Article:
LINKÖPING, Sweden --
U.S. Marine Corps Aviators, along with Swedish Air Force counterparts, conducted an introduction to Forward Air Controller (Airborne) operations and Close Air Support for the first time in SwAF history, August 5-23, on Malmen Military Base, Linköping, Sweden.
“This is a brand-new profile for us; we’ve never done this before,” said SwAF Maj. Stefan Engström, the FAC(A) program manager, SwAF JAS-39 Gripen Operations, Tactics and Evaluations division. “We are learning how to integrate fires and integrate [operations] between ground and air units.”
Marine aviation instructors from Marine Aviation Weapons and Tactics Squadron One, Yuma, Ariz., introduced FAC (A) and CAS concepts, tactics, and procedures for evaluation into the Swedish Air Force’s aviation training with SwAF pilots from the 21st UH-60 Black Hawk Helicopter Wing and the Gripen OT&E division.
“I was happy about the Marine Corps supporting this [engagement] because, by its nature, they are integrated; they are a small ‘armed forces’ in itself and they’re good at it,” said Engström.
Currently, SwAF UH-60 Black Hawk missions consist of only casualty evacuation (CASEVAC) support; the course taught and practiced FAC (A) and CAS for the first time in Swedish military history to these airframes.
“This is an absolutely new concept for these guys,” said Capt. Kyle D. Haire, a tactical reconnaissance specialist in aviation development and tactics evaluation, MAWTS-1. “These pilots have been doing phenomenal and the level of competency has gone from zero to almost 100-percent in the last three weeks.”
A Forward Air Controller, or sometimes known as a “Joint Tactical Air Controller,” is an element of Close Air Support that coordinates attack elements and ensures accurate fires on the intended target while mitigating fratricide. Guidelines for standardization, qualifications and experience are standardized by NATO joint publications and used by coalition nations that support real-world overseas contingency operations. A FAC (Airborne) takes the role of the ground-based JTAC and operates on a fixed-wing aircraft or helicopter.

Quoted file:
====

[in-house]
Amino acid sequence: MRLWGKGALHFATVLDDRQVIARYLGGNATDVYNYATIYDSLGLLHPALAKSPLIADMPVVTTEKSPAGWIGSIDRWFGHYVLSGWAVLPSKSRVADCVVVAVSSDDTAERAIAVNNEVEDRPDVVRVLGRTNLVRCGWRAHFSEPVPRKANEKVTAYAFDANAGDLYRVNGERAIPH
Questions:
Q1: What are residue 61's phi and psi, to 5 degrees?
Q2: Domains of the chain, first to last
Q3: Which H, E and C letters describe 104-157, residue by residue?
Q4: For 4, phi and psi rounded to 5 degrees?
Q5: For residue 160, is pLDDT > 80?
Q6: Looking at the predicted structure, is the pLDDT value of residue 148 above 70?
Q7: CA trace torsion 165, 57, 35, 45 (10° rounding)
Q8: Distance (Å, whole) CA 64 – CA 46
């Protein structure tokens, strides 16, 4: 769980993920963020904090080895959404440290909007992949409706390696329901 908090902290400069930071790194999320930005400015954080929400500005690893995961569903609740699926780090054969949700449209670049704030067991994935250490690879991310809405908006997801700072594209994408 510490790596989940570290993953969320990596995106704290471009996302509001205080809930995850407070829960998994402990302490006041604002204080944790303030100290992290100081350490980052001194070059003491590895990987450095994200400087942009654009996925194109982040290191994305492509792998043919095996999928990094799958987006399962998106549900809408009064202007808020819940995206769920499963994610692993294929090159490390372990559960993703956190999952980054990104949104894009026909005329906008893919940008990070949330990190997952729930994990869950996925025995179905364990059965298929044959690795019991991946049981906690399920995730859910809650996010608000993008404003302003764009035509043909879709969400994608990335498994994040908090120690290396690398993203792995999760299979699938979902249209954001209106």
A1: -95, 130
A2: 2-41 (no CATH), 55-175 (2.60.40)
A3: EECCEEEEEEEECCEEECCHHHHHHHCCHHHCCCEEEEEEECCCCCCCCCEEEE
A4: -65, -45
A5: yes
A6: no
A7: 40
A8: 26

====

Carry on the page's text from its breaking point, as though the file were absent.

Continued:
“The rotary wing is very good at assault support, the JTAC is good at controlling air but not at any part has the airborne asset controlled fires and supported the ground combat element from the wing side,” added, Haire, a Bakersfield, Calif., native.
The course introduced concepts of: basic rotary and fixed-wing employment, artillery observation, NATO guidelines and standards for joint publications. Flight simulators were used to familiarize concepts to the SwAF pilots with the last week being the “flight phase” of practical, real-world applications on the SwAF UH-60 Black Hawk and Saab JAS-39 Gripen fighter jets in Linkoping’s training airspace.
“This training is important because it further integrates their capability; it is an absolute combat force multiplier and [the Marine Corps] matches these guys well; we’re both very small, everyone knows each other, and both are a middle-weight fighting force,” said Haire.
According to the SwAF OT&E division, the Swedish Air Force will use this military engagement to evaluate these concepts and operations before deciding whether or not to further implement it into SwAF aviation doctrine.
“The thought of Marine Corps troops requiring CAS and a Grippen showing up on-station or a Swedish Black Hawk controlling fires in-and-around Marines drives us to make sure they are good at what they do,” said Capt. Thomas J. Duff, AH-1W Cobra FAC(A) subject matter expert, MAWTS-1.
This bi-lateral engagement was an example of efforts to bolster capacity for interoperability between partner and allied nation’s militaries with U.S. Marine Corps Forces Europe in the U.S. European Command area of responsibility.
“At our level, when you work with other services, you build friendships because you have a bond; you both joined the military for the same reasons,” said Duff.
“It’s important to have allies and work with other countries and it has been awesome; we both think tactics, we both love serving our country, and we both love flying. I hope the Marine Corps continues to take the lead on integrating with foreign services because they could be providing CAS for Marines on deck one day.”